Lil Wayne - "Hustler Musik" (mp3)

6. Grand Buffet - Five Years Of Fireworks

Noone who watched the SNL "Lazy Sunday" video over and over should be sleeping on Grand Buffet.

My Stylus review of Five Years Of Fireworks
Grand Buffet - "Pink Deadly" (mp3)

7. Beanie Sigel - The B.Coming

I'm kind of hoping that now that he's a free man again he's going to make an album that leaves this one in the dust.

My City Paper review of The B.Coming
Beanie Sigel f/ Freeway and Young Chris - "I Can't Go On This Way" (mp3)

8. Brooke Valentine - Chain Letter

The kind of schitzo R&B album that Missy wishes she made this year.

My City Paper review of Chain Letter
Brooke Valentine f/ Jermaine Dupri - "Playa" (mp3)

9. The Posies - Every Kind Of Light

In my mind, The Posies can almost do no wrong, and while this wasn't the perfect comeback I'd hoped for, they definitely made some worthy additions to their catalog.

My Stylus review of Every Kind Of Light
The Posies - "Second Time Around" (mp3)

10. Black Rob - The Black Rob Report

Like Beanie, this proves I have a weakness for spirited gasps from fading NY rap dynasties.

Black Rob - "Long Live B.R." (mp3)

11. Lil Kim - The Naked Truth

Hell no, it's not a five mic album, but considering that she possesses one of my least favorite voices in rap and I've never been much of a fan, it's a triumph that I'm feeling this. The cover photo really scared me off of copping it for a couple months, even though I loved "Lighters Up." Actually, the real triumph is that I can tolerate an album with multiple Katt "Money Mike" Williams interludes. I'm gonna give Kim the benefit of the doubt that she decided to diss Foxy Brown on a song titled "Quiet" before Foxy announced that she was going deaf.

Lil Kim - "Durty" (mp3)

12. Amerie - Touch

I guess a whole album of "1 Thing" was too much to hope for, but the less bombastic stuff had some surprising staying power.

My Stylus review of Touch
Amerie - "Come With Me" (mp3)

13. Cassidy - I'm A Hustla

"Hotel" will probably always loom over him a little too much to be taken seriously by everyone, and now that he's behind bars his career might be over anyway, but he really did step up and make a hot album, whether anyone wants to admit it.

My Stylus review of I'm A Hustla
Cassidy f/ Swizz Beatz - "Get 'Em" (mp3)

14. Medications - Your Favorite People All In One Place

I have to admit that to me, they're still a surrogate for the superior and short-lived Faraquet, but Rush-meets-Fugazi is not a niche that many other bands are serving, so I'll take what I can get.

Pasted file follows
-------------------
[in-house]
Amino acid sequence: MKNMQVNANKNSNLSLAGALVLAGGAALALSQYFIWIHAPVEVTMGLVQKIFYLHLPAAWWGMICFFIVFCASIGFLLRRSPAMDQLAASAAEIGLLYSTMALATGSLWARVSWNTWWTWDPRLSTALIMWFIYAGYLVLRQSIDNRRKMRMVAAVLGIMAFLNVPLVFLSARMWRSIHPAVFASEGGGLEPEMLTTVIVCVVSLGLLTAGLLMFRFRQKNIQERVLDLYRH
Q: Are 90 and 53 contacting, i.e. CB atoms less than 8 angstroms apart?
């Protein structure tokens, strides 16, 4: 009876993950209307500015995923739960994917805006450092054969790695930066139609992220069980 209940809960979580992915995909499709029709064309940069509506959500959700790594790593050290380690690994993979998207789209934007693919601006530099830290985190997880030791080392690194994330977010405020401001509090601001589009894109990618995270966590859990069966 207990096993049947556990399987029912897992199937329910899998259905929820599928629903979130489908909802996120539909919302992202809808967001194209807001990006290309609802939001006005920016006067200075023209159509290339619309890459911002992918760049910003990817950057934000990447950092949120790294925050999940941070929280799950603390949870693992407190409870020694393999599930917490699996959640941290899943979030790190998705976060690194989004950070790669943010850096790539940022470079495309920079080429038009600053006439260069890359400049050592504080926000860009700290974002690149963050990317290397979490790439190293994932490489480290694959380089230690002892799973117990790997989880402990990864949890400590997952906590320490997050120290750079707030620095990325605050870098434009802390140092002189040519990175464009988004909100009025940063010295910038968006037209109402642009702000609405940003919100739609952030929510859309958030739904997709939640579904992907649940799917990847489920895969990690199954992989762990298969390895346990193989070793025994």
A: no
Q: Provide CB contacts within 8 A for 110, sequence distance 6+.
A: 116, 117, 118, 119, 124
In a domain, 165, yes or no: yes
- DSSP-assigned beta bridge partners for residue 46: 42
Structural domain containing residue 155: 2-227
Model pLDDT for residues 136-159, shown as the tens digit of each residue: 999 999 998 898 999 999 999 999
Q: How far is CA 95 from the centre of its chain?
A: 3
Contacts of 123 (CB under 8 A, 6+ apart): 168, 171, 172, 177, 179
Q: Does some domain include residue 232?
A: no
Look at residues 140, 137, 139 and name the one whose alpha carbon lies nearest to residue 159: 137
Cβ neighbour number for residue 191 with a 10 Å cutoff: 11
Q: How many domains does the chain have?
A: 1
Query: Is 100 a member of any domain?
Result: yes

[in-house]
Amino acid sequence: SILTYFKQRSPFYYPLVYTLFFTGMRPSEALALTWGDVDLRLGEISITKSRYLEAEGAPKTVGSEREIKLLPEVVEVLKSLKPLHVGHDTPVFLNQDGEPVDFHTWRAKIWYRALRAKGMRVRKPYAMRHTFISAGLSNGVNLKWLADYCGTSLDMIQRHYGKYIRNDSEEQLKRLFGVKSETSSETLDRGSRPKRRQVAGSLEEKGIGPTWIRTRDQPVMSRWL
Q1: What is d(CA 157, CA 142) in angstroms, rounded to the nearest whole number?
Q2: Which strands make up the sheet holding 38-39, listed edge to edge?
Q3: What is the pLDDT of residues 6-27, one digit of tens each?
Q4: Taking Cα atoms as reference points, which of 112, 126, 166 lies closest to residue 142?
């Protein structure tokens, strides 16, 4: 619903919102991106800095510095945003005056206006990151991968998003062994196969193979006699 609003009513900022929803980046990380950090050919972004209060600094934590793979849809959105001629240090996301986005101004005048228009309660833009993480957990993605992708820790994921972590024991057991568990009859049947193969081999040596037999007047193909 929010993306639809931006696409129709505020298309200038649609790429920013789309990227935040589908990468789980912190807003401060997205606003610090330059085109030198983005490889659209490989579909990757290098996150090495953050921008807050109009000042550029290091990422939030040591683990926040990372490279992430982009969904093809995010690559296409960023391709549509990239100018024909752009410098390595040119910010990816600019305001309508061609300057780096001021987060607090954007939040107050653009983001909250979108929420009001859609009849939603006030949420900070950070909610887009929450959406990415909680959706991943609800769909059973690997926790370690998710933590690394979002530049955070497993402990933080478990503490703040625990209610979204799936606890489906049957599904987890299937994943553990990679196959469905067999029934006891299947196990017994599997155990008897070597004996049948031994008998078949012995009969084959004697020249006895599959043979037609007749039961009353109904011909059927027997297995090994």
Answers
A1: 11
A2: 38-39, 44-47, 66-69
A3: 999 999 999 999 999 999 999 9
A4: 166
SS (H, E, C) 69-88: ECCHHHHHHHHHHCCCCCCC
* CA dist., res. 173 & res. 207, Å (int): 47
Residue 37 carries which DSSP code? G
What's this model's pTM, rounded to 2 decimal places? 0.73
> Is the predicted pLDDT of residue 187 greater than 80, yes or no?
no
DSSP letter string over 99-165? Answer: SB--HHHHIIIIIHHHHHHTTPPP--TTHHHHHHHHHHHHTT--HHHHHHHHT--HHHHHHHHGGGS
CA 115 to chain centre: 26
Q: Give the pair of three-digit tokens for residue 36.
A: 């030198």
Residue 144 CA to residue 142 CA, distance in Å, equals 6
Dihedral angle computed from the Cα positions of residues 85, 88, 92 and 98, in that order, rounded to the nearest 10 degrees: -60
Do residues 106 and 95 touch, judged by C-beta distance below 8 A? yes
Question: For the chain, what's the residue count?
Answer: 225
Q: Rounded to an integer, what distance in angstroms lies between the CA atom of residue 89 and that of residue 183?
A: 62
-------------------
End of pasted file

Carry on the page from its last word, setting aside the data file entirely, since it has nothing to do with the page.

My City Paper review of Your Favorite People All In One Place
Medications - "This Is The Part We Laugh About" (mp3)

15. Missy Elliott - The Cookbook

Missy's last two albums were my least favorite to date, her collaborations with Timbaland slowly becoming a dried out husk of what they once were, so I was probably in the minority in being overjoyed that she finally branched out with producers other than Timbo. It still can't touch the earlier albums, but it was a step in the right direction. She really fucked up sales with the singles choices, though. "Teary Eyed" totally bombed and "We Run This" probably will too. It's a crime that "Can't Stop" isn't on the radio right now.

Missy Elliott - "Can't Stop" (mp3)

16. Brendan Benson - The Alternative To Love

He continues to slide into more of the 2nd album's mopery and less of the 1st's giddy rush, but he's getting better at balancing the two.

Brendan Benson - "Between Us" (mp3)

17. The Evens - The Evens

There's something charming about this dinky, scaled down version of Fugazi's already relatively subdued later albums. I kind of have to tune out the parts where he's talking about police and governors, though.

The Evens - "Sara Lee" (mp3)

18. Ebony Eyez - 7 Day Cycle

Maybe I'm still alone in this but seriously, I think the TrackBoyz are the dopest producers in the game right now. It's a shame this album came and went with such little notice.

My City Paper review of 7 Day Cycle
Ebony Eyez - "Good Vibrations" (mp3)

19. Sheek Louch - After Taxes

If people are starved enough for decent New York hip hop that they'll rep for everything the Diplomats do, then I don't really understand why records like this and the Black Rob can be so ignored.

My Stylus review of After Taxes
Sheek Louch - "Intro" (mp3)